Spectroscopy Identifies Antibiotic-Resistant Bacteria That Causes Tuberculosis

A team of physicists from Immanuel Kant Baltic State University (Kaliningrad, Russia) and colleagues used a spectroscopy method to quickly identify single antibiotic-resistant bacteria cells that are the agents of tuberculosis. The method helps find the bacteria and evaluate their resistance to antibiotics without damaging the biological material.

The disease caused by antibiotic-resistant strains of Mycobacterium tuberculosis is the most dangerous. The strains of the Beijing family (named after the city they were first observed in) have also become resistant to many medicinal drugs. Methods of quick identification of drug-resistant bacteria are required both for clinical practice and scientific research.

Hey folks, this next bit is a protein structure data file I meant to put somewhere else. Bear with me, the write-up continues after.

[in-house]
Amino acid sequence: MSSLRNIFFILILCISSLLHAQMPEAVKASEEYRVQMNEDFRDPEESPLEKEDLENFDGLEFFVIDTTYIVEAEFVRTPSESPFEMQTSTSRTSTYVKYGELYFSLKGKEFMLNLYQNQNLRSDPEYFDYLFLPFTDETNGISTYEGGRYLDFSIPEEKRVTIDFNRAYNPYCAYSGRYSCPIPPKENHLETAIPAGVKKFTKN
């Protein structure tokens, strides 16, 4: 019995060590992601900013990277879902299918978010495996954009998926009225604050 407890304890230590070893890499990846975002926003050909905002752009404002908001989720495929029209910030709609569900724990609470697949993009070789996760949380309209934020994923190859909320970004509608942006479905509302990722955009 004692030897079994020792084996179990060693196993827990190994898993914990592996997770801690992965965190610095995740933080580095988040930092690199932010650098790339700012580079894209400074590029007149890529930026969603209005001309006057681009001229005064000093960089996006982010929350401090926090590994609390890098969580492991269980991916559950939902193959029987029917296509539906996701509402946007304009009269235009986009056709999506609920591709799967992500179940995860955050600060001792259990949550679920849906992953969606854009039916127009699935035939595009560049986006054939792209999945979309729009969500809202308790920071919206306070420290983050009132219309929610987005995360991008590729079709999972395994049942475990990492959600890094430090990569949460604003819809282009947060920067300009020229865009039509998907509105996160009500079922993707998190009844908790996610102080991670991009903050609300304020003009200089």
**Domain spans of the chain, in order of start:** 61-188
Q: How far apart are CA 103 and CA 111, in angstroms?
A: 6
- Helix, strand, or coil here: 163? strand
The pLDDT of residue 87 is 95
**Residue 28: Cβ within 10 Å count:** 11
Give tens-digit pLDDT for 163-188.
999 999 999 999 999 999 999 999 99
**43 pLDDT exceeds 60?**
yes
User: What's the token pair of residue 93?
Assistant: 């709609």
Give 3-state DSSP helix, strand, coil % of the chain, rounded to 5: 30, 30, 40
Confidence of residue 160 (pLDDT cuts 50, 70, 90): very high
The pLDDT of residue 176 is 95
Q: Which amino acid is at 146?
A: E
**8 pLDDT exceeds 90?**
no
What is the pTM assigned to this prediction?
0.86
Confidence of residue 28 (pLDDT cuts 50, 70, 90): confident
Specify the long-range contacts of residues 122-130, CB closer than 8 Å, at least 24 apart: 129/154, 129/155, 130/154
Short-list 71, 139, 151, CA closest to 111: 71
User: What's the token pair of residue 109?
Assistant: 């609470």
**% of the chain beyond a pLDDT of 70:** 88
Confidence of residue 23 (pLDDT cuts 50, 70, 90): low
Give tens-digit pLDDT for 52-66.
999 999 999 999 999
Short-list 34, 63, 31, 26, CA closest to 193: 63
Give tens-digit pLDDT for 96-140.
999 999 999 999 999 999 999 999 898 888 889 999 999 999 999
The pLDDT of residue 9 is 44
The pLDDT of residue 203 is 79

So the researchers, in collaboration with colleagues from the Saint-Petersburg State Research Institute of Phthisiopulmonology and Saint-Petersburg State University, suggested using Raman scattering spectrography to quickly analyze bacterial cells.

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